The views presented in the various meditation techniques and studies you mentioned can be at times contradictory making right view difficult to acquire. Even within the Theravāda tradition’s commentaries and Abhidhamma we can see such inconsistencies. So again stick to the early texts, come to know them, and only then venture into later texts. That way you’ll be equipped to know what is in accordance.

Another quote from the Majjhima Nikaya, sutta 22:

“Bhikkhus, the Dhamma well proclaimed by me thus is clear, open, evident, and free of patchwork. "


#5

Nice list! I’ve been compiling a similar Buddhist “curriculum” in the form of a Google Drive library of free material. Feel free to check it out here and let me know what you think!

Happy studies, and may you attain the (one and only) goal: nibbāna :wink:


#6

The Science Delusion :+1:t5:


#7

Yeah! Awesome article, no?


#8

I find it strange that you include so many works by a variety of contemporary monks trained in SEA and not a single book of Abhidhamma. I would personally not include anything but the canonical, peri and quasi canonical texts in a base curriculum. As for commentary and contemporary works i don’t mind entertaining the ideas and the suggested interpretations but i wouldn’t accept them as true until i know exactly how these are derived and their relative merit.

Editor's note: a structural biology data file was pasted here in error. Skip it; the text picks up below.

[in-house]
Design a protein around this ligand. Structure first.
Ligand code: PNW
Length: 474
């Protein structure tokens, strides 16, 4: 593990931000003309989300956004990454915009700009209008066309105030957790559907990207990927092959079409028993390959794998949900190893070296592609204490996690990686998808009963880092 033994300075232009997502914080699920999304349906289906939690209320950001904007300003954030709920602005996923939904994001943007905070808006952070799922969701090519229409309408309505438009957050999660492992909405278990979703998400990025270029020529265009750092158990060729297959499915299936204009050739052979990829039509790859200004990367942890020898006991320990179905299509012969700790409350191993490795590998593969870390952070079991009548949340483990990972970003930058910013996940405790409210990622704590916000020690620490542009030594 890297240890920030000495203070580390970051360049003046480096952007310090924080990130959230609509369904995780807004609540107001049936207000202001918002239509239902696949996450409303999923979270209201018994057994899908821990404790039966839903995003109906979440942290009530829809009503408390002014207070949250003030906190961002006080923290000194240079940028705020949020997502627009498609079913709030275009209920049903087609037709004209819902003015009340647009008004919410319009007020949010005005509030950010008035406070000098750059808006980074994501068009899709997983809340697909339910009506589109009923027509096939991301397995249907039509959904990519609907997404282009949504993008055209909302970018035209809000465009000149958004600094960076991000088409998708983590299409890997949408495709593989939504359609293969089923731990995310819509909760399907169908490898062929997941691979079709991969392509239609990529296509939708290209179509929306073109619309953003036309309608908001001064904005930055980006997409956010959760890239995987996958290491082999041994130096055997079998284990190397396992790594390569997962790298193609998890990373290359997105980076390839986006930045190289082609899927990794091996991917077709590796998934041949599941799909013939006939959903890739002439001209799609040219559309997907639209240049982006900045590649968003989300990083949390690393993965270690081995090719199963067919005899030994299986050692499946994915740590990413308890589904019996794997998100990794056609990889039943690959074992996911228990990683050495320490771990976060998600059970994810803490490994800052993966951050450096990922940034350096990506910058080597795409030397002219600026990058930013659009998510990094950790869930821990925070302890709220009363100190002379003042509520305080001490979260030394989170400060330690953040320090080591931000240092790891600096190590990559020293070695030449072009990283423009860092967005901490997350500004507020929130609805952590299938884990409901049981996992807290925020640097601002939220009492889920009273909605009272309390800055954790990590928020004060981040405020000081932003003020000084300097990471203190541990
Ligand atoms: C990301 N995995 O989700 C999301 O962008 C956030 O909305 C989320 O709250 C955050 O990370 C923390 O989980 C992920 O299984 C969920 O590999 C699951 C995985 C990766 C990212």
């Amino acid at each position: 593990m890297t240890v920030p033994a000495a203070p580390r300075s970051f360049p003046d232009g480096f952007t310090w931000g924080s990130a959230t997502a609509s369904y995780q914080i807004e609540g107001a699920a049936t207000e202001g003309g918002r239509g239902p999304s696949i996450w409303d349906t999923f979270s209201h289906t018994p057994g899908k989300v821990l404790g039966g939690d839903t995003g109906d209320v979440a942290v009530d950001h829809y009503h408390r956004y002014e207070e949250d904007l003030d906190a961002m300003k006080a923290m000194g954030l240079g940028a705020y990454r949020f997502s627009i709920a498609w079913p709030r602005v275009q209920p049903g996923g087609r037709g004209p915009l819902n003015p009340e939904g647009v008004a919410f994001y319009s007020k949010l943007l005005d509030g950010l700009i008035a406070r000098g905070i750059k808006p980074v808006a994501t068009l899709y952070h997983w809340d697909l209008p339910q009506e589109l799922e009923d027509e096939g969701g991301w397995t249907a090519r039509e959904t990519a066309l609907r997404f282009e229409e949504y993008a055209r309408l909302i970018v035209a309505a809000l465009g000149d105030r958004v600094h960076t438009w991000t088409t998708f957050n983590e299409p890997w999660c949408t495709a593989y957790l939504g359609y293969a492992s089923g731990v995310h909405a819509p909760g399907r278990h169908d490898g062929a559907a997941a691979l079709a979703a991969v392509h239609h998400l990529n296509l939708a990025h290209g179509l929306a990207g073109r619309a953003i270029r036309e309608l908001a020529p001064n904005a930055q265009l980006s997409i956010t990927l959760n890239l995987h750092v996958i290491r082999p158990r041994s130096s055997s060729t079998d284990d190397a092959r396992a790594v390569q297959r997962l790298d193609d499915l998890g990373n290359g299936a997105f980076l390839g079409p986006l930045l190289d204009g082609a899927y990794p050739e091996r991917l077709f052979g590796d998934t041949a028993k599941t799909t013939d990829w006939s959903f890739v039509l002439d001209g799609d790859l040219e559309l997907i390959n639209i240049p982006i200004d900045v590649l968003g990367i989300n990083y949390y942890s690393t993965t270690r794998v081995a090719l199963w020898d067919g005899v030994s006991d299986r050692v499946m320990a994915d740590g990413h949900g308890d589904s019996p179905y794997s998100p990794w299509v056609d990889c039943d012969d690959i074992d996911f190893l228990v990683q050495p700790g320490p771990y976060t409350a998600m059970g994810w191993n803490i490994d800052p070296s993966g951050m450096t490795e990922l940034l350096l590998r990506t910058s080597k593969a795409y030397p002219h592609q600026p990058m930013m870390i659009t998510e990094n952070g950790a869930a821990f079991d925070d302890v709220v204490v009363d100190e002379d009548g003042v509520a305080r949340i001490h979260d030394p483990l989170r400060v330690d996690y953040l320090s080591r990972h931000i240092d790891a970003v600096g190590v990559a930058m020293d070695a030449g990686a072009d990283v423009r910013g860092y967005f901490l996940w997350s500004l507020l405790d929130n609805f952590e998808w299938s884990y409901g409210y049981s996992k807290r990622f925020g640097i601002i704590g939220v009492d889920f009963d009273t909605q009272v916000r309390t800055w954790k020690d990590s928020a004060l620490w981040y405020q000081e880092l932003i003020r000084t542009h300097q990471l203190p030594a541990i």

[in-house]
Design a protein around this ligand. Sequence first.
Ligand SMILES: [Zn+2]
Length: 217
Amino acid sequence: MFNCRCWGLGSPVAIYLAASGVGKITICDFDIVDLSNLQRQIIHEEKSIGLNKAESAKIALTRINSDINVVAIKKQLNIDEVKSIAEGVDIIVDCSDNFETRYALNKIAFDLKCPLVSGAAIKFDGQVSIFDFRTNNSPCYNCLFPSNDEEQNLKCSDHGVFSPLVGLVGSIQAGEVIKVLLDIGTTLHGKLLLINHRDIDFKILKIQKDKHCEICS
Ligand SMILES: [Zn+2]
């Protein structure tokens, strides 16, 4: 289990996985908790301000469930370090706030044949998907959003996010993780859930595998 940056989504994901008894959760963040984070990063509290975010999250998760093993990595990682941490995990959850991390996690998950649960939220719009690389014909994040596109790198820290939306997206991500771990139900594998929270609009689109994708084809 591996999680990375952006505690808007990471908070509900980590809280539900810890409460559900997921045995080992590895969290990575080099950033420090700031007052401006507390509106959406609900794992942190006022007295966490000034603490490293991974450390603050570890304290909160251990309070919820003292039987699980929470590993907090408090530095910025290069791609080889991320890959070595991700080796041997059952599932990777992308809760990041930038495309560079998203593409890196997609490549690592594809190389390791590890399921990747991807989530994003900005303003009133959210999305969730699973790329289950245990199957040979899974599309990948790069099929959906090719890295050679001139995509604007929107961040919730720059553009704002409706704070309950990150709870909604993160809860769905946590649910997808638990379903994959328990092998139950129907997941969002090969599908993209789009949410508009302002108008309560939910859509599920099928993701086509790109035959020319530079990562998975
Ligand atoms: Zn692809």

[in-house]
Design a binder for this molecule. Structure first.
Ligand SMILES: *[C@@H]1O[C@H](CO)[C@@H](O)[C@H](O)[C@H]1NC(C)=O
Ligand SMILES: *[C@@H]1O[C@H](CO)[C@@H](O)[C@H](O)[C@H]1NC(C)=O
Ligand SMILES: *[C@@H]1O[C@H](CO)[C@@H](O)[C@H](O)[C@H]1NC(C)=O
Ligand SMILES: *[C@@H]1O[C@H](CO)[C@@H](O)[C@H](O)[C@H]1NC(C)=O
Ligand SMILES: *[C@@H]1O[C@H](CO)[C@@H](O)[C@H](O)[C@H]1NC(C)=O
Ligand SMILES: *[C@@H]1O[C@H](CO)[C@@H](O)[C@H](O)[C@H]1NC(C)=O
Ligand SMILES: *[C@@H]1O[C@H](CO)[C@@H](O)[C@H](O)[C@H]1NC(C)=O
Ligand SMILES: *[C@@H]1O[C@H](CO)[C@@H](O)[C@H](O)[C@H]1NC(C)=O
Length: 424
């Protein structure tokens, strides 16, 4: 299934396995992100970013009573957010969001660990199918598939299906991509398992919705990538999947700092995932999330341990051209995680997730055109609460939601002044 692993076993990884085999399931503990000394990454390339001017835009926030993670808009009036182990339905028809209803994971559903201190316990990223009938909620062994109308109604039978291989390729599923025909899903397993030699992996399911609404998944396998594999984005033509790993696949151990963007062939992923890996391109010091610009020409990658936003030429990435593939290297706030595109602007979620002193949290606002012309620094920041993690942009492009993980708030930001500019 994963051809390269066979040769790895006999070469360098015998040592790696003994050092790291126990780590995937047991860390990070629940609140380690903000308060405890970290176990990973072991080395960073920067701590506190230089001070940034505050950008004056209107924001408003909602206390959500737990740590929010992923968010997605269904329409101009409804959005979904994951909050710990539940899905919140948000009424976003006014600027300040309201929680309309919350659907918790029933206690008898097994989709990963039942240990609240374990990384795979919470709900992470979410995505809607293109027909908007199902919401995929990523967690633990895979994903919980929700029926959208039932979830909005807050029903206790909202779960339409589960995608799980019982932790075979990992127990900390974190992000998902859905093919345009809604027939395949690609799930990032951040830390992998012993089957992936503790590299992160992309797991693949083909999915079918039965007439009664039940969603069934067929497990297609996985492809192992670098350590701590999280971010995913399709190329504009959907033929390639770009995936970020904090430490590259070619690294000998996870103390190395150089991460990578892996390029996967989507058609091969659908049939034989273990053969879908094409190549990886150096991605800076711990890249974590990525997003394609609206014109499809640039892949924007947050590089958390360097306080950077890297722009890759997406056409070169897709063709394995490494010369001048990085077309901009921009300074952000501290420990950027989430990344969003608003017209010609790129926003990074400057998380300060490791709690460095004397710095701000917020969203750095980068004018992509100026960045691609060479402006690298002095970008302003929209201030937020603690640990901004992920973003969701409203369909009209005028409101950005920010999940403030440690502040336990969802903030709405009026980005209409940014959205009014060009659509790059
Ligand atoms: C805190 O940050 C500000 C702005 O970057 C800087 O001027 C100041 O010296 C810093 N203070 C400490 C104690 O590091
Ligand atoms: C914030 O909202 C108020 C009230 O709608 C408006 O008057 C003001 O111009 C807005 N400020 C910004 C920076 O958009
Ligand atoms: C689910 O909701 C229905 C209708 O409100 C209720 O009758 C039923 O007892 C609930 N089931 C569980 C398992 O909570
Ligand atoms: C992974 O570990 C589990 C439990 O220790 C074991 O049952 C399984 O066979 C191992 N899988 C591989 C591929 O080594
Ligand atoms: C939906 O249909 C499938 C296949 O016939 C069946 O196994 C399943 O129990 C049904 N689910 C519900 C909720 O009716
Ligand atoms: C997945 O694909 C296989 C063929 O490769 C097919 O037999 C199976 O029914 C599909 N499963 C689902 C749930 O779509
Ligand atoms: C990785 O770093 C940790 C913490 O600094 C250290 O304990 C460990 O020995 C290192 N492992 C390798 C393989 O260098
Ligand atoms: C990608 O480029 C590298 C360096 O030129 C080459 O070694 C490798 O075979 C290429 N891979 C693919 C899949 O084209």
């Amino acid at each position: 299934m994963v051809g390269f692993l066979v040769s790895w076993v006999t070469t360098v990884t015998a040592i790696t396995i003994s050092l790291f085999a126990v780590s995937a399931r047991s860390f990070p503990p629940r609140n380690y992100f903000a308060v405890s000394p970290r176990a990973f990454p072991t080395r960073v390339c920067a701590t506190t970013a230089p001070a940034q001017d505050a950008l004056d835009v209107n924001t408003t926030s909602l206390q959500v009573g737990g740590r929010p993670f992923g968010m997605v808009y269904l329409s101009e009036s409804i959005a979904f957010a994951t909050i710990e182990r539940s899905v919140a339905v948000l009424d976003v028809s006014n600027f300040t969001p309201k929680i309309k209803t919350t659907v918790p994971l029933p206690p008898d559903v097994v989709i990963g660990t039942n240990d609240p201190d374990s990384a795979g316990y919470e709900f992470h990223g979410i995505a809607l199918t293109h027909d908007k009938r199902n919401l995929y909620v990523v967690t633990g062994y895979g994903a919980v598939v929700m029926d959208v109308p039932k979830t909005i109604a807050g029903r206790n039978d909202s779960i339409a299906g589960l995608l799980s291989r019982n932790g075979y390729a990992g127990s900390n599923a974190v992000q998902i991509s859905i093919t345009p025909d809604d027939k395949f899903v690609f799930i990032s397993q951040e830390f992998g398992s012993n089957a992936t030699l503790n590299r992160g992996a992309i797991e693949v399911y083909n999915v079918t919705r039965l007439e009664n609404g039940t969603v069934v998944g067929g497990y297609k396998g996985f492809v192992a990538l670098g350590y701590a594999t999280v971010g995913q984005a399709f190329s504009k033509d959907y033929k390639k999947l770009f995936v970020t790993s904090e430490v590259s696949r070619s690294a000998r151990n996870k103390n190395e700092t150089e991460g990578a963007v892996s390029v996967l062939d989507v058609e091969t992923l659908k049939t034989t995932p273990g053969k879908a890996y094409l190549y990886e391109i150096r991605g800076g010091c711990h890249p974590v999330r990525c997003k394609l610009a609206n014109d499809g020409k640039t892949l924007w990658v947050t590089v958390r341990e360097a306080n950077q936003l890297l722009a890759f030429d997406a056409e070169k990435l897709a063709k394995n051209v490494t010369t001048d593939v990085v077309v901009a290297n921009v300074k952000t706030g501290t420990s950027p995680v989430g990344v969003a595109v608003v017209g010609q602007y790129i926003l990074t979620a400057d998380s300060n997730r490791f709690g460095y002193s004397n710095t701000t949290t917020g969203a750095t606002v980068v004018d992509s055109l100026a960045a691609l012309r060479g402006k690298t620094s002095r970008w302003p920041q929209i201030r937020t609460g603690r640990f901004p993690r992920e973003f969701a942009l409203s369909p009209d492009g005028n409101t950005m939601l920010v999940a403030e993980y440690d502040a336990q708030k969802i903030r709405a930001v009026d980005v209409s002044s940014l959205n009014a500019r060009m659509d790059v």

I think we are very lucky by the virtue of an immense scholarly effort of the last century to have translated and figured out what the Theravadin Canon is and which texts are the early texts and therefore it is now time to study it. However there is still a pressing need to redo the translations because so many of them are biased and based on personal interpretations. I also think that the canon will turn out to be antagonistical to a lot of views held and taught by contemporary monks and the established traditions. Therefore it is Vibbhajjavada time :slight_smile:


#9

Awesome compilation! Will for sure be exploring this!


#10

Oops I thought it was the book by Rupert Sheldrake. Only took a brief glance at the Drive page.

This is a later addition to the Buddha’s teachings-- see Venerable Anālayo’s “The Dawn of Abhidharma”. As you said later on in your post, stick to the early texts (everyone seems to think that this isn’t enough, that external resources are needed).